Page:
- Change companies - if there are similar jobs being advertised that pay more, and your manager refuses the pay rise, apply for the other company's position.
- Retrain - use your evenings, weekends or holiday to take a "crash course" or gain a new qualification. But only retrain for jobs that pay more. Search our Job pages by salary for ideas.
- Start a second income - second income come in lots of different forms. Bake wedding cakes, do admin work from home, or joon Avon, or buy and sell or make and sell things on eBay (it could be anything - our readers have told us that they have got into things from making picture frames to selling imported meat thermometers!).
5. Save and invest to get to....
Once you have cut your bills and increased your income, you can start to save and invest.
This is where your life starts to change for the better.
If you cut your costs by just £167 per month, or £5.50 per day, that's £2,000 a year.
Increase your net income by the same then that's £4,000 you can save.
When you start saving you should put 2-3 months living expenses in the best cash savings account that you can find, so you earn interest, but can withdraw money without notice or penalty. This is strictly for genuine emergencies like a boiler or car breakdown.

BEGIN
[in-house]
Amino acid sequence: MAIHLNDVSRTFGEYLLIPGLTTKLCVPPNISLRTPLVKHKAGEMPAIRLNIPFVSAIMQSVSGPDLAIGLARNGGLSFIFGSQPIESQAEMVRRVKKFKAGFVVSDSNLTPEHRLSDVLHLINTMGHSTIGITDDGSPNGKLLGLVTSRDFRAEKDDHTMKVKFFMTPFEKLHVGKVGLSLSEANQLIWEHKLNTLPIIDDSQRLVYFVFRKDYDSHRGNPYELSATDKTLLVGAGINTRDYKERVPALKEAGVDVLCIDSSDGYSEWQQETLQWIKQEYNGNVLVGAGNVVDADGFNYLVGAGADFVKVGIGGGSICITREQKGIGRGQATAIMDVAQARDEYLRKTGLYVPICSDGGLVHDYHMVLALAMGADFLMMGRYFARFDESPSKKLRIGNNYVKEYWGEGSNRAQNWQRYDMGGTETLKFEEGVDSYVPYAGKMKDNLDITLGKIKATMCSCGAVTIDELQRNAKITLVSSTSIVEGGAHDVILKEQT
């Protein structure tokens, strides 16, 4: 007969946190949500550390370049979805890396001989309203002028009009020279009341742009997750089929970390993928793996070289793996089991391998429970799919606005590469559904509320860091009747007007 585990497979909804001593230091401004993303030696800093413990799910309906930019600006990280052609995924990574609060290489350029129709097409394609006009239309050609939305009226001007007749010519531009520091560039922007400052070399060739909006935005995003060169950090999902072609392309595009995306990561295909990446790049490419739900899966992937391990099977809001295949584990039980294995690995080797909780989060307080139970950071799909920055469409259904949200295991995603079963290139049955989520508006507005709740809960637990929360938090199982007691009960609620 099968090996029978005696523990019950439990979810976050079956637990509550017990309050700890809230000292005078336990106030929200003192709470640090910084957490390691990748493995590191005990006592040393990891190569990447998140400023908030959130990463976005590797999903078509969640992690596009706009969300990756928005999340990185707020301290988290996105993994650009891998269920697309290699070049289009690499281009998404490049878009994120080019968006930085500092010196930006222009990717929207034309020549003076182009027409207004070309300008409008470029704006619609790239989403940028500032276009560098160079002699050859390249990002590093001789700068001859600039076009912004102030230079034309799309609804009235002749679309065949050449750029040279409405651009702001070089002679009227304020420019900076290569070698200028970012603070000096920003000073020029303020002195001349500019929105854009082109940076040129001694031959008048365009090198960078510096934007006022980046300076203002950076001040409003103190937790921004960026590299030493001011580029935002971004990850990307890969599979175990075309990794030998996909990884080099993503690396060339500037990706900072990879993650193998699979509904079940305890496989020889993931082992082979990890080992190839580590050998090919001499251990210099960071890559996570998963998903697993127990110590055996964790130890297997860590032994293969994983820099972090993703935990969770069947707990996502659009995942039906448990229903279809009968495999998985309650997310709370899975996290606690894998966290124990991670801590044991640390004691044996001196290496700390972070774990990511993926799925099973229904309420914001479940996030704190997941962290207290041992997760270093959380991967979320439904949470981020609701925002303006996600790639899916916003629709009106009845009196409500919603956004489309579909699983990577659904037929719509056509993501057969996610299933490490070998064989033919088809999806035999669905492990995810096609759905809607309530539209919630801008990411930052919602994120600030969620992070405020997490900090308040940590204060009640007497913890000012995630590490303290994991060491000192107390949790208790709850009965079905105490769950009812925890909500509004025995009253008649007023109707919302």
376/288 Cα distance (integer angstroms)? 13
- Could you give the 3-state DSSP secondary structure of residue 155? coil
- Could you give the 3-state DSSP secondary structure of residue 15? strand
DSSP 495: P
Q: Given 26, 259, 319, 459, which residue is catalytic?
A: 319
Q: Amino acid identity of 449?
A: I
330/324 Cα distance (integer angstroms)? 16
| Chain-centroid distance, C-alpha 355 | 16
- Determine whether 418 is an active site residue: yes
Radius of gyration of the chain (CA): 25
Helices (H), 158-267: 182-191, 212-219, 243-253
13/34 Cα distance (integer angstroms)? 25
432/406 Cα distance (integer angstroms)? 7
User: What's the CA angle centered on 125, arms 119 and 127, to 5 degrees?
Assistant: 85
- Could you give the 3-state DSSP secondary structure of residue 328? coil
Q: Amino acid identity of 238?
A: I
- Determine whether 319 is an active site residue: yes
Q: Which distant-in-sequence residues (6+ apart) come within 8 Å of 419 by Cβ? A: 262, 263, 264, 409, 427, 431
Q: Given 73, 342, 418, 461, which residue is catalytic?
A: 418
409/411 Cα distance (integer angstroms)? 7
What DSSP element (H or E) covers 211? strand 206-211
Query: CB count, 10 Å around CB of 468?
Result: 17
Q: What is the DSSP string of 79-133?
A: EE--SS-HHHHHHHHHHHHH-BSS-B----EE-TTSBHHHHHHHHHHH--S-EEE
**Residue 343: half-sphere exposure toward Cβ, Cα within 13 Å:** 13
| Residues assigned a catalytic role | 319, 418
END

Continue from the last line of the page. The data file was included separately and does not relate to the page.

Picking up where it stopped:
...to get to £17,000
Next, you should invest that money in something low risk, but with better returns than a savings account.
A Stocks and Shares ISA or lifetime ISA are good places to start.
You can invest up to £4,000 each tax year in a lifetime ISA and the government will add a further 25%. So for every £4 you save, you get £1 extra - up to £1,000 per tax year.
But you can only draw it out without penalty to buy your first home or when you are 60 years of age.
However, if you invest in this for just three years, you will save £12,000 be given another £3,000 for free and could earn nearly £2,400 in interest/growth.
So you could end up with nearly £17,400! And it will keep growing even if you stop paying in.
Over 30 years you can earn more than £200,000 in interest and growth.
Keep Adding To Get To £2.1m!
Keep adding to it at the same rate, and investing it in sensible funds that return 9% growth on average and you will end up with £2.1 million pounds.
Invest in a second ISA to get to £4m
Once you have used your annual Lifetime allowance you should then look to invest in reasonably low risk finds via a Stocks and Shares investment ISA.
At first, investing in funds (via an ISA for the tax benefits) with good recent track records, is usually how new investors grow their wealth without taking on too much risk or making mistakes.
Find an IFA to set up a lifetime or investment ISA for me.
Set up an ISA myself.
A word about debt...
If you have small debts, then you should pay them off before you start to save or invest.
If you have big debts, and are struggling to cope, you should seek debt advice.